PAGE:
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MAEC Internship – Lily Klam

MAEC has been lucky to have a thriving internship program with dedicated, enthusiastic interns who share our passion for education equity. In fact, some have permanently joined our MAEC team full time! We interviewed MAEC intern Lily Klam on what education equity means to her and to learn more about her experiences with MAEC.

Tell us about yourself!

My name is Lily Klam and I am a senior at the University of Maryland, College Park (“UMD”). I’m in an accelerated 4+1 program, where I work toward my master’s degree alongside my undergraduate degree. I am pursuing my master’s in public policy with a concentration in education policy, and an undergraduate degree in government and politics, minoring in rhetoric. I have a passion for art and creativity, including drawing, painting, design, and creative writing. I firmly believe that thinking creatively is essential in education policy to imagine “out-of-the-box” policy solutions that can lead to more equitable educational environments for all students.  

I have worked at eight different jobs in college, including interning for the Mayor of Annapolis, the Maryland General Assembly, the University of Maryland Writing Center, and the Maryland State Department of Education. I have lived in Maryland for my whole life and grown up kayaking in the Chesapeake Bay, eating crabs, and putting Old Bay on everything.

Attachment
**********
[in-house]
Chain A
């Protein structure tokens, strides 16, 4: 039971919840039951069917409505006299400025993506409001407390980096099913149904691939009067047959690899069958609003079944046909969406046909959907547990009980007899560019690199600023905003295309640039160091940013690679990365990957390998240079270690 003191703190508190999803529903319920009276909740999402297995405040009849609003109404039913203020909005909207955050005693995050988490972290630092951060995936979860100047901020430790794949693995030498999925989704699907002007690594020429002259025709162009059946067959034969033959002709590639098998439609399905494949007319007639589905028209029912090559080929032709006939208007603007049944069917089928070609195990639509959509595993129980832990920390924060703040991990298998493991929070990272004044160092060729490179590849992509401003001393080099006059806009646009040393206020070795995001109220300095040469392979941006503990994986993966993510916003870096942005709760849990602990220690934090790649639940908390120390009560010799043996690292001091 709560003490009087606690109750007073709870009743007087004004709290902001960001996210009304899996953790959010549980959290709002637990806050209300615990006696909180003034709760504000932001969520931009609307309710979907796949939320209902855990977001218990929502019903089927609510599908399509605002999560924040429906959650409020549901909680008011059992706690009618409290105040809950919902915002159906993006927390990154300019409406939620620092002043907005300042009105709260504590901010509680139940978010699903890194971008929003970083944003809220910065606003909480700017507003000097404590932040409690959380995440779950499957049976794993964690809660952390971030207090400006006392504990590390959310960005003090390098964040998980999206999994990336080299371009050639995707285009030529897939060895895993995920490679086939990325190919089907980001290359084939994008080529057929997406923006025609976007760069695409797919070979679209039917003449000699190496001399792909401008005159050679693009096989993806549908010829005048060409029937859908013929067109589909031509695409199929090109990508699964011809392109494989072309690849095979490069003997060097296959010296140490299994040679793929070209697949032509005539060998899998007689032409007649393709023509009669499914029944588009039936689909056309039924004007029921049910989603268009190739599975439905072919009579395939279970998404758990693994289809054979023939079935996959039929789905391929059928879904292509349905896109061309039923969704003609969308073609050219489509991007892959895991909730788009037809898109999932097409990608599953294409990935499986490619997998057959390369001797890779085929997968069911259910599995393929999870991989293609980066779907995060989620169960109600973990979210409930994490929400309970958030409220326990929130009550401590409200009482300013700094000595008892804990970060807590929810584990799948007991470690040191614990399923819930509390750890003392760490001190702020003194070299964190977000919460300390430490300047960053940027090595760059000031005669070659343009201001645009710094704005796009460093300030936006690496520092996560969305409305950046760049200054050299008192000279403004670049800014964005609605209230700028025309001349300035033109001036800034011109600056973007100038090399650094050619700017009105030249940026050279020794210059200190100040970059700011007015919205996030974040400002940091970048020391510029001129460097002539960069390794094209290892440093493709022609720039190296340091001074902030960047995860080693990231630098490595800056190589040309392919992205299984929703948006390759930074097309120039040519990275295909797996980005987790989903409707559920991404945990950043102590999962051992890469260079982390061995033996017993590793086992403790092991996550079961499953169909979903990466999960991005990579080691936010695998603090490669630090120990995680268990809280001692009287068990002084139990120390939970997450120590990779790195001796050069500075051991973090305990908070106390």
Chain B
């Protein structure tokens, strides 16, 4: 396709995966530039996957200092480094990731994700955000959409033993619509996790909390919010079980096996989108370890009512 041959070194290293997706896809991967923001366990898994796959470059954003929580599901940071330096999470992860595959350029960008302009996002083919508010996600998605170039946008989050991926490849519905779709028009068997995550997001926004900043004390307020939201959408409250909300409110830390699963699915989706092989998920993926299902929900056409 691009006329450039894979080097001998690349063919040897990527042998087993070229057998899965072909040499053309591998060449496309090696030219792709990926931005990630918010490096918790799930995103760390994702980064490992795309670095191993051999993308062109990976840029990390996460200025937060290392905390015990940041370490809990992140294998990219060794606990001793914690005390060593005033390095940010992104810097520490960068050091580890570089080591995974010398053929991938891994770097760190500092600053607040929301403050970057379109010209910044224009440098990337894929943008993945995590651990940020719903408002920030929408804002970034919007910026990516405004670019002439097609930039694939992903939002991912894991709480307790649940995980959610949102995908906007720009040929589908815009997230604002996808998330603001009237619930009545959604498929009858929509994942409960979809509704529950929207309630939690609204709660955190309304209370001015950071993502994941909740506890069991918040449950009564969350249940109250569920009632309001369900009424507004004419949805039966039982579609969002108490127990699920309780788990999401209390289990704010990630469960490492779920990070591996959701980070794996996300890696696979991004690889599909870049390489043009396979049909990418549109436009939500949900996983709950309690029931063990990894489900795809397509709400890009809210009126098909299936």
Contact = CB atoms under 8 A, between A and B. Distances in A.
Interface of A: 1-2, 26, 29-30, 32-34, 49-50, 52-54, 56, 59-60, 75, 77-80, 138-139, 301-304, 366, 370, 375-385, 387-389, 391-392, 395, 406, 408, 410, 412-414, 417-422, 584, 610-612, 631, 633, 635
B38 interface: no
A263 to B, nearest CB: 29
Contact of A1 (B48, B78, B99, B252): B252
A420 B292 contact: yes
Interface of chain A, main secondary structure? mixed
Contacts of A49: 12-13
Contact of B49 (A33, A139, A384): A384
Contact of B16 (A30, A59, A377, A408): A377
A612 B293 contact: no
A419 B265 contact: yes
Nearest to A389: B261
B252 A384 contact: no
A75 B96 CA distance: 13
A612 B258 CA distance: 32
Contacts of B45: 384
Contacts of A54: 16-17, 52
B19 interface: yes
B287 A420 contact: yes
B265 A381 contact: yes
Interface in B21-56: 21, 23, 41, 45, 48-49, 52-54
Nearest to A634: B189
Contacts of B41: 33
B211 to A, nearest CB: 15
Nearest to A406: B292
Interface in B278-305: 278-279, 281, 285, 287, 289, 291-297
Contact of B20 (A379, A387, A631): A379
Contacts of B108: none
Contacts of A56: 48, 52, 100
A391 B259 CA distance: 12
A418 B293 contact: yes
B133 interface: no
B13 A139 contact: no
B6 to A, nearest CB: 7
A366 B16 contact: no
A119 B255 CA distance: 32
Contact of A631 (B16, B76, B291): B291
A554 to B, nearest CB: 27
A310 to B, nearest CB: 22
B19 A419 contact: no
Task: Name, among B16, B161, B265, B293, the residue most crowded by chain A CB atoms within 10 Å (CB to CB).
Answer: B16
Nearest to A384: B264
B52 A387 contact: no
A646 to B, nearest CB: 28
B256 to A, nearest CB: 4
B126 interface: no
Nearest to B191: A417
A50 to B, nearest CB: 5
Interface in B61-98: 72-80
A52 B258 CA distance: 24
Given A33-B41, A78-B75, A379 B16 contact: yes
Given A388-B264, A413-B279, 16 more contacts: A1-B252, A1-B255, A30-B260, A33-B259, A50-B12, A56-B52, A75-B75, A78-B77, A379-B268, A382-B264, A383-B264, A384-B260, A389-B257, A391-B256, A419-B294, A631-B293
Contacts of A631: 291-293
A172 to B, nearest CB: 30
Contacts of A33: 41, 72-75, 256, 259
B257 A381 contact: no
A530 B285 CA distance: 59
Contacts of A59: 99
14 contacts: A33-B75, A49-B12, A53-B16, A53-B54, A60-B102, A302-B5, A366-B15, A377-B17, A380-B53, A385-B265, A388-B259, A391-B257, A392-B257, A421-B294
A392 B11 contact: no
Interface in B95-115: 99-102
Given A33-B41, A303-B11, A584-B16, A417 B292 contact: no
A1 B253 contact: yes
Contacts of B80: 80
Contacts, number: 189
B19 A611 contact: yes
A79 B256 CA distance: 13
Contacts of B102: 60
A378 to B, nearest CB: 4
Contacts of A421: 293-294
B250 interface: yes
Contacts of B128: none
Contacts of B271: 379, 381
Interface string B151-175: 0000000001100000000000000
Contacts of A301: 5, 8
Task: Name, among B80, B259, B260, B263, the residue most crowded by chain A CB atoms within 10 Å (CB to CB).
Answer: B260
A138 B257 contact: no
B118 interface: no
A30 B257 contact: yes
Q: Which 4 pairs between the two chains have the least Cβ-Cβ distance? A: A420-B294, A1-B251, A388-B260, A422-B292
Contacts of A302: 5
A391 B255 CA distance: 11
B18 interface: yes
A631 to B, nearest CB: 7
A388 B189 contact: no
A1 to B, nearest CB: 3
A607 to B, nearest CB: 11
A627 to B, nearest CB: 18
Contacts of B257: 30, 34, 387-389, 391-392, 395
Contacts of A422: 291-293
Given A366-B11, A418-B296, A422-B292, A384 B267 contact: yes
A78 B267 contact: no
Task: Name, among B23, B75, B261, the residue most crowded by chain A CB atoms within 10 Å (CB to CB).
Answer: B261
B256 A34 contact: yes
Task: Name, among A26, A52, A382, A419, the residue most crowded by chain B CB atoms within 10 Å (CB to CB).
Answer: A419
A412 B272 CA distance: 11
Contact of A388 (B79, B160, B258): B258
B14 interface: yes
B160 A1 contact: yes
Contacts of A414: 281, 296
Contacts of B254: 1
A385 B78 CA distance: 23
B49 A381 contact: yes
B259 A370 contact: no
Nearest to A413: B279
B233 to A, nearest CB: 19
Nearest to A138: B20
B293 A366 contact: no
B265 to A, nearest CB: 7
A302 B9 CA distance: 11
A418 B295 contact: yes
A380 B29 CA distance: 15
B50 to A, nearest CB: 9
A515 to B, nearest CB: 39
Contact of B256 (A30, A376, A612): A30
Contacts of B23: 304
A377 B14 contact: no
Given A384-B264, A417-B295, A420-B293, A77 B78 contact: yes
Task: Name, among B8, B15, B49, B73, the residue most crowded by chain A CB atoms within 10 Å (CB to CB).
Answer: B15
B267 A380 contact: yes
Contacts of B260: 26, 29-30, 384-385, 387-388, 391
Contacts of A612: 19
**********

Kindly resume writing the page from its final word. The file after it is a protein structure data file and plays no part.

Why do you choose to work in education equity?

I first discovered my passion for education equity when I began volunteering as a tutor for DC public schools at the start of the COVID-19 pandemic. The coordinator of the program was a teacher who explained to me that she had not heard from half of her students since the transition to online learning. Although I was inspired by her commitment to start a program serving all students in the district, I was heartbroken to discover how much the pandemic was affecting students’ learning.  

The more I researched, the more concerned I became about the disproportionate impacts of the pandemic on students’ learning. I volunteered to be the assistant director of a UMD student-led initiative to provide free learning pods to students who were struggling during the pandemic. In 2021, we tutored 168 students in Prince George’s County, MD.  

I work in education equity because I believe that our society has the ability to create a more equitable future for all students. I believe that every student deserves the right to a quality educational experience and I work to challenge the social norms and disrupt the system that has led us to unacceptable learning disparities. 

What does education equity mean to you?

Education equity means that each student is celebrated because of – not in spite of – their differences. At a bare minimum, this means ensuring each student has the opportunity to find their unique voice in a safe, healthy, and clean environment. Education equity means that every student, regardless of their socioeconomic status, race, sexual orientation, or disability, is uplifted and embraced for their uniqueness and celebrated for their differences.